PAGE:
Wednesday, January 30, 2013
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South Carolina: USDA Designates 7 Counties as Natural Disaster Areas

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The U.S. Department of Agriculture (USDA) has designated seven counties in South Carolina as primary natural disaster areas due to damages and losses caused by the recent drought.




The counties are:

Barnwell Chesterfield Kershaw York
Cherokee Greenville Spartanburg

“Our hearts go out to those South Carolina farmers and ranchers affected by recent natural disasters,” said Agriculture Secretary Tom Vilsack. “President Obama and I are committed to ensuring that agriculture remains a bright spot in our nation’s economy by sustaining the successes of America’s farmers, ranchers, and rural communities through these difficult times. We’re also telling South Carolina producers that USDA stands with you and your communities when severe weather and natural disasters threaten to disrupt your livelihood.”

Farmers and ranchers in the following counties in South Carolina also qualify for natural disaster assistance because their counties are contiguous. Those counties are:

Abbeville Anderson Darlington Laurens
Orangeburg Sumter Aiken Bamberg
Fairfield Lee Pickens Union
Allendale Chester Lancaster Marlboro
Richland

 

Farmers and ranchers in the following counties in Georgia and North Carolina also qualify for natural disaster assistance because their counties are contiguous. Those counties are:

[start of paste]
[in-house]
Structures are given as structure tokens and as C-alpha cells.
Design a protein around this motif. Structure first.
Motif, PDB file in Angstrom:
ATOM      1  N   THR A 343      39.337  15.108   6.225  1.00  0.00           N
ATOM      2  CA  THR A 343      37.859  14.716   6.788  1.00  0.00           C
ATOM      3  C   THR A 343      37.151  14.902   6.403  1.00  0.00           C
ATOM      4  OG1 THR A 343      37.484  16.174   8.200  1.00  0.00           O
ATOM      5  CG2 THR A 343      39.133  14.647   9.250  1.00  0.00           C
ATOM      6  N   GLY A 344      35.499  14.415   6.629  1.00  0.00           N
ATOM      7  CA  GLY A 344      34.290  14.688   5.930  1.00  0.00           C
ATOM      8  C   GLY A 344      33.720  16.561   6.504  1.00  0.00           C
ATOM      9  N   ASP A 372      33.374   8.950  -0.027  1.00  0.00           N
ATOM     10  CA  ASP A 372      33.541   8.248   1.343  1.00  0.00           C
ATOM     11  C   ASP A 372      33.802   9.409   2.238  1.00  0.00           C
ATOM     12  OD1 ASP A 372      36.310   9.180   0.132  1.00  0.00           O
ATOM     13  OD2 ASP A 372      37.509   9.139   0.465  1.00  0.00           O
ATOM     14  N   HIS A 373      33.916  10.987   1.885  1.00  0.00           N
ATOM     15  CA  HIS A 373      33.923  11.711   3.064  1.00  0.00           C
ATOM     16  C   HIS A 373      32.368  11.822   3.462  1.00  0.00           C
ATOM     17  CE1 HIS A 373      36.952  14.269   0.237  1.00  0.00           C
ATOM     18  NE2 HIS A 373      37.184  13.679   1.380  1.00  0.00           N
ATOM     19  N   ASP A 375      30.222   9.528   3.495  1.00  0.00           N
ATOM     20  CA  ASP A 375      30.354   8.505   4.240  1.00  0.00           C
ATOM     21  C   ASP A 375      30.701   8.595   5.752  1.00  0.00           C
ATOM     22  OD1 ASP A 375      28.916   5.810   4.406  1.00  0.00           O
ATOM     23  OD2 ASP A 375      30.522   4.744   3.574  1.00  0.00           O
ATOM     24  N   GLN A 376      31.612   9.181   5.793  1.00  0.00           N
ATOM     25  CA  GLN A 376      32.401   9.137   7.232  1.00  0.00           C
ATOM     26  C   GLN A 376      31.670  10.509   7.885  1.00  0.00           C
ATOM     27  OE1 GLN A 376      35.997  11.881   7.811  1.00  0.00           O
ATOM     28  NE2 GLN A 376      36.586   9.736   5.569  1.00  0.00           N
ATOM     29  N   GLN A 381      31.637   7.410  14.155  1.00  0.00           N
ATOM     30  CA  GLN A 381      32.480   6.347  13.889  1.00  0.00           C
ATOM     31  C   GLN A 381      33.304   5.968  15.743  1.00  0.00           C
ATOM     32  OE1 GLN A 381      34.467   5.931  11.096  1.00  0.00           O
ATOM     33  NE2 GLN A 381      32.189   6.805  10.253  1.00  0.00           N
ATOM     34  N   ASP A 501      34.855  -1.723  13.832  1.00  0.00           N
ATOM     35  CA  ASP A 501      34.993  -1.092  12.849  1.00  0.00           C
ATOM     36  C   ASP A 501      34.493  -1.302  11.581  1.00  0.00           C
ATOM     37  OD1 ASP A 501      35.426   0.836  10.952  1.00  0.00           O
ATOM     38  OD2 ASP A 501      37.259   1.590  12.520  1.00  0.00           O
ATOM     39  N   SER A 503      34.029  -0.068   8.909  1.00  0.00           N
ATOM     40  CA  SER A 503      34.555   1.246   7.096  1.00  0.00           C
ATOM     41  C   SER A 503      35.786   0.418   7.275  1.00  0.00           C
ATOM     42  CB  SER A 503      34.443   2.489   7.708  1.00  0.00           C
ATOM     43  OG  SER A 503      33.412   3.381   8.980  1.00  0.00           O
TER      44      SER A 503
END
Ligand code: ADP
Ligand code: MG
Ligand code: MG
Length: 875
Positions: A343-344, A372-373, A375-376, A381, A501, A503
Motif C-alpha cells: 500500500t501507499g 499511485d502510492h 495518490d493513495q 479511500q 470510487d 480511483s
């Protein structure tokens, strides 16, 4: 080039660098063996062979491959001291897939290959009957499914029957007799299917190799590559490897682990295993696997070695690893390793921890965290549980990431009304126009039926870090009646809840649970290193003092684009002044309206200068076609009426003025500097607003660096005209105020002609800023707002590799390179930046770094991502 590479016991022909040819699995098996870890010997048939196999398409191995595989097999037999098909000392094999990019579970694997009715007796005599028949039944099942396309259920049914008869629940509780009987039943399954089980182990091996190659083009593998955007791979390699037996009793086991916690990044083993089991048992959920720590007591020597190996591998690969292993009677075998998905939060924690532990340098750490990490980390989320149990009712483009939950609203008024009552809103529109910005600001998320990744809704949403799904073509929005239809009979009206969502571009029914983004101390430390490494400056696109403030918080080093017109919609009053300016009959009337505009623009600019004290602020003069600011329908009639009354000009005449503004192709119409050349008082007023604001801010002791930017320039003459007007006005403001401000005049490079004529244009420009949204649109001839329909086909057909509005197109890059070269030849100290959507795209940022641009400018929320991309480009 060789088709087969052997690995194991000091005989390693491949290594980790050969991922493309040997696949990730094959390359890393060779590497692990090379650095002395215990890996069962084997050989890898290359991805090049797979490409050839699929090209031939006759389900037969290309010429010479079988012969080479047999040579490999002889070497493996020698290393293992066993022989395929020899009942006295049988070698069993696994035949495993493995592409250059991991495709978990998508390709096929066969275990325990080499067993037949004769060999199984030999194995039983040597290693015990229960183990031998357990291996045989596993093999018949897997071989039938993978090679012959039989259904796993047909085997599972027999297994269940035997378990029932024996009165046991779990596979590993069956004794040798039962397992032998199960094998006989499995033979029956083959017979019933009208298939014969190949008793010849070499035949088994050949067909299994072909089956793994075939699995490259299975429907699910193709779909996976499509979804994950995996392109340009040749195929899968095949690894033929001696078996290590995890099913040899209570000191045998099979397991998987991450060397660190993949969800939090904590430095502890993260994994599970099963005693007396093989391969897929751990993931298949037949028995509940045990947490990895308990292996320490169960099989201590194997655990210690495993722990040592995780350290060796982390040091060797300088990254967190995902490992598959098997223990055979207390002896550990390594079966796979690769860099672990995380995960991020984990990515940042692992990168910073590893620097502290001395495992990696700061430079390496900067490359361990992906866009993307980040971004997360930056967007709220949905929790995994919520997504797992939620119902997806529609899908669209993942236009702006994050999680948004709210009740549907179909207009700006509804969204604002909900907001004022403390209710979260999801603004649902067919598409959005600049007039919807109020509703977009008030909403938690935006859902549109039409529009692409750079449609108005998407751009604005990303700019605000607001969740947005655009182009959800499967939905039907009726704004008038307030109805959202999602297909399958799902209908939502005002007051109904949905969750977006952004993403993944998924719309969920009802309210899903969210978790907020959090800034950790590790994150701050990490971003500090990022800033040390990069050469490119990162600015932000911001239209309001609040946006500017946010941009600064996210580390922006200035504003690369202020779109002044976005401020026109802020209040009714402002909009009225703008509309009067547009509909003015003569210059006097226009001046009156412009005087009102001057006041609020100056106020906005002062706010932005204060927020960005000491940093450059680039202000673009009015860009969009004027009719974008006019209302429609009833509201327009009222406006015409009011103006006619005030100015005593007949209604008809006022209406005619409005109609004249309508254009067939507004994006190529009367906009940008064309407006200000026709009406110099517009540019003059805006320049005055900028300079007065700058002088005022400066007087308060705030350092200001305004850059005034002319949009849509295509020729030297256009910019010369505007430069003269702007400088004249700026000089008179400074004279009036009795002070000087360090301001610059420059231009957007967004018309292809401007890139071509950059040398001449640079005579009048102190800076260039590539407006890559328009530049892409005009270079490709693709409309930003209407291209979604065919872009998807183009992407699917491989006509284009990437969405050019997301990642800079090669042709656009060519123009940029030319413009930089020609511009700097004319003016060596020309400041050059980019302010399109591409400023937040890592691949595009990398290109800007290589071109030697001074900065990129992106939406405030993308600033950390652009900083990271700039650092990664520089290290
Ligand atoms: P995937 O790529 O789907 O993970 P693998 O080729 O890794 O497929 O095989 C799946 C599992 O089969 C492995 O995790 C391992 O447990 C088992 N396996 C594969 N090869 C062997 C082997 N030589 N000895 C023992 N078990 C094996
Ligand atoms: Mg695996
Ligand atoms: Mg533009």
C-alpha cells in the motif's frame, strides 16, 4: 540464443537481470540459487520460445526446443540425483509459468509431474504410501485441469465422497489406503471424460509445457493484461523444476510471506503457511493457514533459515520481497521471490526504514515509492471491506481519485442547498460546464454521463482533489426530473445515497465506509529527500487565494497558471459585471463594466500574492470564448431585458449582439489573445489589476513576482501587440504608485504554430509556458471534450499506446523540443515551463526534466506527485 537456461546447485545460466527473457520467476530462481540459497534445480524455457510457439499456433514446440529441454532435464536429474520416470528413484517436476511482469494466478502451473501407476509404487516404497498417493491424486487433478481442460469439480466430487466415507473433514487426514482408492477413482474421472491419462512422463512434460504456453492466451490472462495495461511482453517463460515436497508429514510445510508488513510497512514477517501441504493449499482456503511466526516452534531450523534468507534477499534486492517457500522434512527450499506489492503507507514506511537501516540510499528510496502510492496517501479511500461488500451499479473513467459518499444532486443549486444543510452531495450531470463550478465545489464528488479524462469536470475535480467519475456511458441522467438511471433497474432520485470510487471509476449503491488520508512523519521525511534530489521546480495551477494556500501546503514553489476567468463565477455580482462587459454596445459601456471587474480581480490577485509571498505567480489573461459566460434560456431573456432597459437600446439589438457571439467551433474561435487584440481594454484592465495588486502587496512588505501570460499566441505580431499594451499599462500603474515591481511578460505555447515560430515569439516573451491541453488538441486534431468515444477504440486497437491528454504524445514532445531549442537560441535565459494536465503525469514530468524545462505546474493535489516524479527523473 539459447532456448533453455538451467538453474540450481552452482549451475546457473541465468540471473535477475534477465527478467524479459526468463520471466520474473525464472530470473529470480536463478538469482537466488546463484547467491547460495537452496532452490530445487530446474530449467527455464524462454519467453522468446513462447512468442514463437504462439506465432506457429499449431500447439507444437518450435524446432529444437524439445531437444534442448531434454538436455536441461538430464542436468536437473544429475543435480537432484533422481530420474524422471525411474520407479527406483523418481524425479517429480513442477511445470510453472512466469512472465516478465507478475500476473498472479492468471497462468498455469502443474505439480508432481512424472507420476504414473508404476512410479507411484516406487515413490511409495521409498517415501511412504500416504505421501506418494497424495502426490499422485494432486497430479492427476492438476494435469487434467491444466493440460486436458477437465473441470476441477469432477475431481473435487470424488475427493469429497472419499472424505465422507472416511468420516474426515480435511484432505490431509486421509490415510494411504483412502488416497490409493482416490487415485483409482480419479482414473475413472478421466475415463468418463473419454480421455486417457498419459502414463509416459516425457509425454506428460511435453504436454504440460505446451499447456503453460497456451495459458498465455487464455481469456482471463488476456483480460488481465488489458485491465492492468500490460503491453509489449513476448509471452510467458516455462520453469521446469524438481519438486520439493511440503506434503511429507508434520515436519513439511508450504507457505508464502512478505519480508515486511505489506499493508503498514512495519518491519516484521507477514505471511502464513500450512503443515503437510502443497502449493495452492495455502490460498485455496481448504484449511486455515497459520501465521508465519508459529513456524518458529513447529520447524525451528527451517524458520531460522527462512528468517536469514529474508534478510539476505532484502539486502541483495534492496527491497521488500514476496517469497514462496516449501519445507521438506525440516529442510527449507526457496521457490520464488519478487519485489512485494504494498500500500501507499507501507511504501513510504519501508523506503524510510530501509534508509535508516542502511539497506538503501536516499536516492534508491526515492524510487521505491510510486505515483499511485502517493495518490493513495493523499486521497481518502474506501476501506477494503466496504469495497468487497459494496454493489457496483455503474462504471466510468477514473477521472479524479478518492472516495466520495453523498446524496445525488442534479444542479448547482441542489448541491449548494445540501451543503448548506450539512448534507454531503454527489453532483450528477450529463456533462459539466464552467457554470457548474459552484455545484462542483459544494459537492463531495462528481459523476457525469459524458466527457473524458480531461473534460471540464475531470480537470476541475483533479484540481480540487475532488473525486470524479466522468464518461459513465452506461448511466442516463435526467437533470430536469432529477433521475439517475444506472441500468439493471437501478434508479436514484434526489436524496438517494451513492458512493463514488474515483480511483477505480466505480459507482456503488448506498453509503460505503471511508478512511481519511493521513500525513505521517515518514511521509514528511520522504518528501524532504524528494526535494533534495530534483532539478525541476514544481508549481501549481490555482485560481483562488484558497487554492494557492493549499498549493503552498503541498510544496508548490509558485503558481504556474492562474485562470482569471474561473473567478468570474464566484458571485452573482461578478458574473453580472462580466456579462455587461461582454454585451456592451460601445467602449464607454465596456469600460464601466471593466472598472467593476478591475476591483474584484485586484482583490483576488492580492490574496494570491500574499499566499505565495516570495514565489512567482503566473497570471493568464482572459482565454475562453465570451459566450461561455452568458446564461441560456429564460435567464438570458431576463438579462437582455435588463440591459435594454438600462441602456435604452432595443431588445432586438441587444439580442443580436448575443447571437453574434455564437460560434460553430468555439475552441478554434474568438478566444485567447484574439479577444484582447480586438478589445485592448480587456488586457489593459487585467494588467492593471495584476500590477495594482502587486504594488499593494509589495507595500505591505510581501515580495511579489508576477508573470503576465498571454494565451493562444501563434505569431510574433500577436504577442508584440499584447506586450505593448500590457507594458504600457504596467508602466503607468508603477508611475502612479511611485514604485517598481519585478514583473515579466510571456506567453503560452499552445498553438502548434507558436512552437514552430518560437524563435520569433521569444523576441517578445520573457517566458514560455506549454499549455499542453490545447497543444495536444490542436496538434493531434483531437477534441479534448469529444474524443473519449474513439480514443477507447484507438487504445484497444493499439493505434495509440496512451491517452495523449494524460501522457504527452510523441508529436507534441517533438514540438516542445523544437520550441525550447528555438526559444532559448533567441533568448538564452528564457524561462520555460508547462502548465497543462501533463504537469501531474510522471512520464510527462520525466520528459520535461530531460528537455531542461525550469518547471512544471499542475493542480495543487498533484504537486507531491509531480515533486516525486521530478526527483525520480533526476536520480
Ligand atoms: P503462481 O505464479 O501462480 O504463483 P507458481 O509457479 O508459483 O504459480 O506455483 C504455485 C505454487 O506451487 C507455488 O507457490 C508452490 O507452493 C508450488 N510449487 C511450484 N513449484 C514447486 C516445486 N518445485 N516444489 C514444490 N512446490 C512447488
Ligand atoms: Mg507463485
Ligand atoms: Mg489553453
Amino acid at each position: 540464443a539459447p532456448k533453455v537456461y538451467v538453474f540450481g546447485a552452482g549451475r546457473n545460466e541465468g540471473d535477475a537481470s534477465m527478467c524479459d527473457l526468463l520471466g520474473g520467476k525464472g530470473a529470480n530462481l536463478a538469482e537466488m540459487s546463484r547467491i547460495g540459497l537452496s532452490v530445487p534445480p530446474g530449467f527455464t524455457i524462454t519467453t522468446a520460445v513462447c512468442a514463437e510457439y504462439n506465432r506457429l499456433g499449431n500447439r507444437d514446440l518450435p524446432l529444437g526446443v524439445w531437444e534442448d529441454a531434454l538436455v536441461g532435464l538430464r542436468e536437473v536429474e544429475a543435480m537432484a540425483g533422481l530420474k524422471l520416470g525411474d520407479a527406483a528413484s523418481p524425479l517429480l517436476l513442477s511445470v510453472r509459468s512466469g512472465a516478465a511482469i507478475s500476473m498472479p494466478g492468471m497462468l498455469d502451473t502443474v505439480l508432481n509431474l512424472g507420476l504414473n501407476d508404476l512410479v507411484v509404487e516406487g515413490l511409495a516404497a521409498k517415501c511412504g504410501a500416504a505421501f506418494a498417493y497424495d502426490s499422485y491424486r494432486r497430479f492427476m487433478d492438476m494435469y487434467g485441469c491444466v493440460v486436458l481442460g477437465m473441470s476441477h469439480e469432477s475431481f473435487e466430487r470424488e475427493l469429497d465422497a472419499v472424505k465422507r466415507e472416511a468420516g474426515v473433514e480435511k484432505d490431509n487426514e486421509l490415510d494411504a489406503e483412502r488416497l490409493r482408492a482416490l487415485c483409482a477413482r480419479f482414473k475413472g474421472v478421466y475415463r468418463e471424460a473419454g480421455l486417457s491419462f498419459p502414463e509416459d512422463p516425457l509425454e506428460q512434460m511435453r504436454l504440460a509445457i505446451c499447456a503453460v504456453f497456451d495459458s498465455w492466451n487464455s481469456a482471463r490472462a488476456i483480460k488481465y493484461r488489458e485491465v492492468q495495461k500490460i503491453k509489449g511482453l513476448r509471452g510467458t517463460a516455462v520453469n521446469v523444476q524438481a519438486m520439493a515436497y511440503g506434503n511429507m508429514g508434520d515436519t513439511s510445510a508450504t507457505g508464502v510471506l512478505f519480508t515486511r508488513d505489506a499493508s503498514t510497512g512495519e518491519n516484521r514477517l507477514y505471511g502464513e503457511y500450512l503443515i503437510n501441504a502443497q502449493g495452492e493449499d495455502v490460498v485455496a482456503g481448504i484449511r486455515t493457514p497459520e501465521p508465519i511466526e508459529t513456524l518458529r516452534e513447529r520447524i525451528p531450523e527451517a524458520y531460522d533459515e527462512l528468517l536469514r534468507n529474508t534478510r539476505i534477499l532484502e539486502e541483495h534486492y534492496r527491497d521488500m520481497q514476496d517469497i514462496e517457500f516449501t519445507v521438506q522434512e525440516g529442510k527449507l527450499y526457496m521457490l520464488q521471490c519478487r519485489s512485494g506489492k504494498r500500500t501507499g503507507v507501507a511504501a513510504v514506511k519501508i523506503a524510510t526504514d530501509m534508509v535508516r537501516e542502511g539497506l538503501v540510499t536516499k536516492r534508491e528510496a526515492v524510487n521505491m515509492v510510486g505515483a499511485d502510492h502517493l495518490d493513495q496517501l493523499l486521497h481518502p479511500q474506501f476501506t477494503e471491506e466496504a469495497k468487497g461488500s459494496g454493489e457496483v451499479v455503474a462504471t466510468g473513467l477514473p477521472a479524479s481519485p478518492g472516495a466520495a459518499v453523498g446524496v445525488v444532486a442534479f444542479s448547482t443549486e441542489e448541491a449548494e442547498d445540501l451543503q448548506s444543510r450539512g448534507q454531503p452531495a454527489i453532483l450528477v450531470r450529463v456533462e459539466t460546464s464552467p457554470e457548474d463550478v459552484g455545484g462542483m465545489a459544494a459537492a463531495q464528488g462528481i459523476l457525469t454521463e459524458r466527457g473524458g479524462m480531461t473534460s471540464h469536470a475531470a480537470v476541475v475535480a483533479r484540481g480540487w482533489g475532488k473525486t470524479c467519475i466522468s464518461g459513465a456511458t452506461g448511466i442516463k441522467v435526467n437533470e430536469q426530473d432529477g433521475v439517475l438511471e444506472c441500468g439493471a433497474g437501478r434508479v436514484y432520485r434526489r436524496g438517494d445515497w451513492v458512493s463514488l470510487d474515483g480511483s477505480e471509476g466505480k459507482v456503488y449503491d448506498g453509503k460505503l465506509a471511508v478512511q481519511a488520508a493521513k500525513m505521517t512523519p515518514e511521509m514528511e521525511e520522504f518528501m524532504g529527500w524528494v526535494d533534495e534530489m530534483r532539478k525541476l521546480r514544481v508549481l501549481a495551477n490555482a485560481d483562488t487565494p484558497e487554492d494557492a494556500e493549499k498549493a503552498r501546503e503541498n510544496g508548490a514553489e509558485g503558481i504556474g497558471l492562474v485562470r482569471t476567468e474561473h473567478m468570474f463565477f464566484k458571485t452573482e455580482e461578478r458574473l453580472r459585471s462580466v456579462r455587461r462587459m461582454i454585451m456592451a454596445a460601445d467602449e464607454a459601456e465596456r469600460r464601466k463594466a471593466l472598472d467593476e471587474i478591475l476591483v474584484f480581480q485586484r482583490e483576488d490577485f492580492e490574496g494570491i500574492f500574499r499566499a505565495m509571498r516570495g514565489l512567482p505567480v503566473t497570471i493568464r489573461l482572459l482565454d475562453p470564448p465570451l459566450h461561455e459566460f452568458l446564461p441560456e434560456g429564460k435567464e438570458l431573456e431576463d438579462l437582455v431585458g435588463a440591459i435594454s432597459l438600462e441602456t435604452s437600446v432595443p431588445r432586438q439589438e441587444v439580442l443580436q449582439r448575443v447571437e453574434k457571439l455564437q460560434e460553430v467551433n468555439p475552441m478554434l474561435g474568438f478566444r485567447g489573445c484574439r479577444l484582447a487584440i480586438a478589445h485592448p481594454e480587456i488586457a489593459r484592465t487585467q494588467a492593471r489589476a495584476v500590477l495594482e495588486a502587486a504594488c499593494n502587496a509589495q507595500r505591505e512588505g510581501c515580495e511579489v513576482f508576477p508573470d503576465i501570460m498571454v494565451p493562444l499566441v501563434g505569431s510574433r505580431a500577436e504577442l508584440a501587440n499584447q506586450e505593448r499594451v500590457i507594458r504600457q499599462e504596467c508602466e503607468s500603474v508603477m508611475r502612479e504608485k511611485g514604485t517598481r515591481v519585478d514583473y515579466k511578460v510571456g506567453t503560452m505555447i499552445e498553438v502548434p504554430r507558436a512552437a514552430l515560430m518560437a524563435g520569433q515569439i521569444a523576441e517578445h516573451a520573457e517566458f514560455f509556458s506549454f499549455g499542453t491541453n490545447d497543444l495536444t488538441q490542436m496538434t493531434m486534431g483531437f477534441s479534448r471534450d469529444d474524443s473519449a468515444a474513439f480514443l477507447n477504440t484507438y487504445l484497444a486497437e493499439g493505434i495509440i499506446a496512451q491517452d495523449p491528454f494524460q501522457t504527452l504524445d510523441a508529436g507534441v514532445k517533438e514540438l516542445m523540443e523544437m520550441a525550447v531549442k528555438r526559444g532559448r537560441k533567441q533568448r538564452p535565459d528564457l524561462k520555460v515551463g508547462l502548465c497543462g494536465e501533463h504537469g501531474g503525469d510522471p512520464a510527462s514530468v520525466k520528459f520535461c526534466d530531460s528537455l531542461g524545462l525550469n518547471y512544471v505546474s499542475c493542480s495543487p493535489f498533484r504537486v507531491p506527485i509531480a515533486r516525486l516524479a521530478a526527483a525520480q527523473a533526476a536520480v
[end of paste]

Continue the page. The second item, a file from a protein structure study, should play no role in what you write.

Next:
Georgia
Burke

North Carolina

Anson Henderson Rutherford
Cleveland Mecklenburg Transylvania
Gaston Polk Union

 

All counties listed above were designated natural disaster areas Jan. 30, 2013, making all qualified farm operators in the designated areas eligible for low interest emergency (EM) loans from USDA’s Farm Service Agency (FSA), provided eligibility requirements are met. Farmers in eligible counties have eight months from the date of the declaration to apply for loans to help cover part of their actual losses. FSA will consider each loan application on its own merits, taking into account the extent of losses, security available and repayment ability. FSA has a variety of programs, in addition to the EM loan program, to help eligible farmers recover from adversity.


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